Other names:Cultivated Barley.
Summary:Single to many stemmed grass with a cylindrical awned seed head and plump grain.
First leaves:Grow singly, similar to later leaves.
Leaves:Emerging leaf rolled in the bud.
Stems:Up to 1500 mm, hollow except at the nodes. Arise from the base and unbranched. Hairless.
Flower head:Spike, up to 150 mm long. Does not break up at maturity. Arranged in 2 rows of 3 spikelets.
Flowers:Spikelets - Persistent. Centre spikelet stalkless. Lateral spikelets on short stalks. In 2 rowed barley (var. distichon), lateral spikelets are empty. In 6 rowed barley (var. hexastichon) lateral spikelets are bisexual.
Fruit:Grain. Oval, grooved, awned glumes firmly attached.
Seeds:Pale yellow, oval grain, 4-8 mm long x 2-5 mm wide, with a brittle awn that is often broken off just above the grain. Husks are strongly attached to the grain.
Roots:Fibrous. About 1000 mm deep, occasionally deeper.
Key Characters:Spike does not break up at maturity. Awn of lemma of central spikelet is at least 50 mm long.
Physiology:Moderate tolerance of salinity. A 40% loss in production can be expected on soils with a soil conductivity of 15 mS/cm and a 10% loss at 9 mS/cm (558).
Flowering times:April, May and September in SA.
Seed Biology and Germination:Seed with husks had an after ripening period of 60 days and for de-husked seed it was 45 days (524).
Hybrids:Many commercial cultivars have been produced by hybridisation.
Allelopathy:Stubble may be reduce the germination and growth of plants in the following season.
Population Dynamics and Dispersal:Rarely persists for more than a season or two without the input of fresh seed from human sources such as planting or spillage from transporting vehicles.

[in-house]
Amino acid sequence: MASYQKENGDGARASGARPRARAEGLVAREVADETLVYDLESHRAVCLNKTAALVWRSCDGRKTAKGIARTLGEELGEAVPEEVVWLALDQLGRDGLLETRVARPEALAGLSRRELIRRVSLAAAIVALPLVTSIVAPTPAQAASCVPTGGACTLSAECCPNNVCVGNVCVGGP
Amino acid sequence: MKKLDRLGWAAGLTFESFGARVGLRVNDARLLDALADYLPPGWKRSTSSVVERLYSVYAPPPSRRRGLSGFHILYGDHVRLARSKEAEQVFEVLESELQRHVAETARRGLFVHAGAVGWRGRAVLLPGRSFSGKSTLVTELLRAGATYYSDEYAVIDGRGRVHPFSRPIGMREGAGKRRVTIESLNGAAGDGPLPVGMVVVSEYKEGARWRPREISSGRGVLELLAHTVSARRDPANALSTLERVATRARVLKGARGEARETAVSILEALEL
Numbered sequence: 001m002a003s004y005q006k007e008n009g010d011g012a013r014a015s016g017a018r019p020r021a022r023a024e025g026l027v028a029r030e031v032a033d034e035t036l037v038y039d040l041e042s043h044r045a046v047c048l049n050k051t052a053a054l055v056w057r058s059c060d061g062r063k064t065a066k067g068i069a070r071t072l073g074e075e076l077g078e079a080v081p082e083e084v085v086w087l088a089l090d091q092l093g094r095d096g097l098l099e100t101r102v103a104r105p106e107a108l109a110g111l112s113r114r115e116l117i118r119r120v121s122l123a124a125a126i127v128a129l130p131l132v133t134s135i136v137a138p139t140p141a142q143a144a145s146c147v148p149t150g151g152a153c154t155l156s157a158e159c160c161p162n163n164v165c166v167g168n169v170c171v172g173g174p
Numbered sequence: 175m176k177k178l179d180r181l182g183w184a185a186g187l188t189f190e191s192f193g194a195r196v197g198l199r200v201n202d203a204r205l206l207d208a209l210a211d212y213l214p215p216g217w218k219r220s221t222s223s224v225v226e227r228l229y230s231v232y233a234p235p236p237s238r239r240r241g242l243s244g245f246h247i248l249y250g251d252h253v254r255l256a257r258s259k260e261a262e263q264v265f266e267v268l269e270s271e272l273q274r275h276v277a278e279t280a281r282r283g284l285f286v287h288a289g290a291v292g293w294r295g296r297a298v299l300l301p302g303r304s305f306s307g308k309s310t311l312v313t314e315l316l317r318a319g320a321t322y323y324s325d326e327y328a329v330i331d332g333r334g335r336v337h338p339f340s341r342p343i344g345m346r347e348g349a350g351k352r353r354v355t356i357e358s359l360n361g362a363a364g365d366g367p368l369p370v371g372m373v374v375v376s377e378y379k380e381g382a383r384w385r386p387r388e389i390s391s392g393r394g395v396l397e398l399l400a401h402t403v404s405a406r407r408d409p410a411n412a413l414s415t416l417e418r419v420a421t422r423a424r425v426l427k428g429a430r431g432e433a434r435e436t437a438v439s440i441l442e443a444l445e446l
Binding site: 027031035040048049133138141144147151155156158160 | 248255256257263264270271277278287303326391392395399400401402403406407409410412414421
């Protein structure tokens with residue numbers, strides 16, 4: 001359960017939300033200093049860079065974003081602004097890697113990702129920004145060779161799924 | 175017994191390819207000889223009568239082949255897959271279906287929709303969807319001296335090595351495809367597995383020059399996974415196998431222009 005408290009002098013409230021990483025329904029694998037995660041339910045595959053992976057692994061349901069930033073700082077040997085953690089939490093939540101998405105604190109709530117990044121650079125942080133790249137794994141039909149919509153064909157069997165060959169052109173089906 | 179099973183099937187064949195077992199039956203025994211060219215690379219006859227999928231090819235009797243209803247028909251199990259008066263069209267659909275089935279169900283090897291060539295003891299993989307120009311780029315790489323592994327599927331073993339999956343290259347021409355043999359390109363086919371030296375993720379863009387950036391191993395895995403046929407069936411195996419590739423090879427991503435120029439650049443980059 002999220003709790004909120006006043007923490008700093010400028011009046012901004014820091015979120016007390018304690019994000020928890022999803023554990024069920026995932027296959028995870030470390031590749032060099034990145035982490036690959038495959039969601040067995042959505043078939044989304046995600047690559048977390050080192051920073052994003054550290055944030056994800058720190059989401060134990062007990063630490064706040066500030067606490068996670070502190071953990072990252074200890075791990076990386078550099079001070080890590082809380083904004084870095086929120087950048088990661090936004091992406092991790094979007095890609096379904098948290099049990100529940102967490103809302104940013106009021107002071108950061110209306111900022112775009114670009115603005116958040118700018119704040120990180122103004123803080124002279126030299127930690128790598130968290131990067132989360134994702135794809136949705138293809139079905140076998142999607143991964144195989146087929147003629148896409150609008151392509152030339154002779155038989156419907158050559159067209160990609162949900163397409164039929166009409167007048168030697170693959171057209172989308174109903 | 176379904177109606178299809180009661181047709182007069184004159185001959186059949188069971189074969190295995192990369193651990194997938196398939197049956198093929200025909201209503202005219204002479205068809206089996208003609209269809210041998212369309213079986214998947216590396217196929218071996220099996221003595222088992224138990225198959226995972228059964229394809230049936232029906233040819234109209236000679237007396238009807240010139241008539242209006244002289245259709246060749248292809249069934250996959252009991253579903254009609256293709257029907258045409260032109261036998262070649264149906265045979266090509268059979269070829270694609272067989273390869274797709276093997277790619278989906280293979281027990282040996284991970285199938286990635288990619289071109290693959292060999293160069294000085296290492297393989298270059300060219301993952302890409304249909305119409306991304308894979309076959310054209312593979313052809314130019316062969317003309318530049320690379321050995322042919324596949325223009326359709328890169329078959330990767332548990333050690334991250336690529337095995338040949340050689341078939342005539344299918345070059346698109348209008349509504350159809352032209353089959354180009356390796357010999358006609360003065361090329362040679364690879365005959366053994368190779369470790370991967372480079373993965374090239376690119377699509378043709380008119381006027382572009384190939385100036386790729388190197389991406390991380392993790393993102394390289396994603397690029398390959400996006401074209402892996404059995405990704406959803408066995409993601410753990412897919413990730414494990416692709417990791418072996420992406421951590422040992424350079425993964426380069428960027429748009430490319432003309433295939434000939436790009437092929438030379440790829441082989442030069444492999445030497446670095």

Origin and History:Europe. Asia.
Distribution:ACT, NSW, QLD, SA, TAS, VIC, WA.
Soil:Most soil types.
Detrimental:Weed of other crops, occasional weed of roadsides and disturbed areas but generally not persistent.
Toxicity:May cause grain poisoning.
Symptoms:Depression then death.
Treatment:Introduce animals slowly to grain and stubbles.
Management and Control:Grazing and cultivation provide high levels of control.
Thresholds:In broadleaf crops, 5-10 plants/m2 are usually worth spraying.
Eradication strategies:Prevent spillage from transporting vehicles.
Herbicide resistance:None reported.
Biological Control:A number of diseases and viruses attack barley. The most significant in natural populations are Powdery Mildew and Barley Yellow Dwarf virus which is spread by aphids.
Related plants:Barley grass (H. leporinum) has much smaller seeds.
Plants of similar appearance:Wheat (Triticum aestivum) has smaller auricles that rarely encircle the stem. The grain is not tightly attached to the glumes.
References:Black, J.M. (1965). Flora of South Australia. (Government Printer, Adelaide, South Australia). P141-142.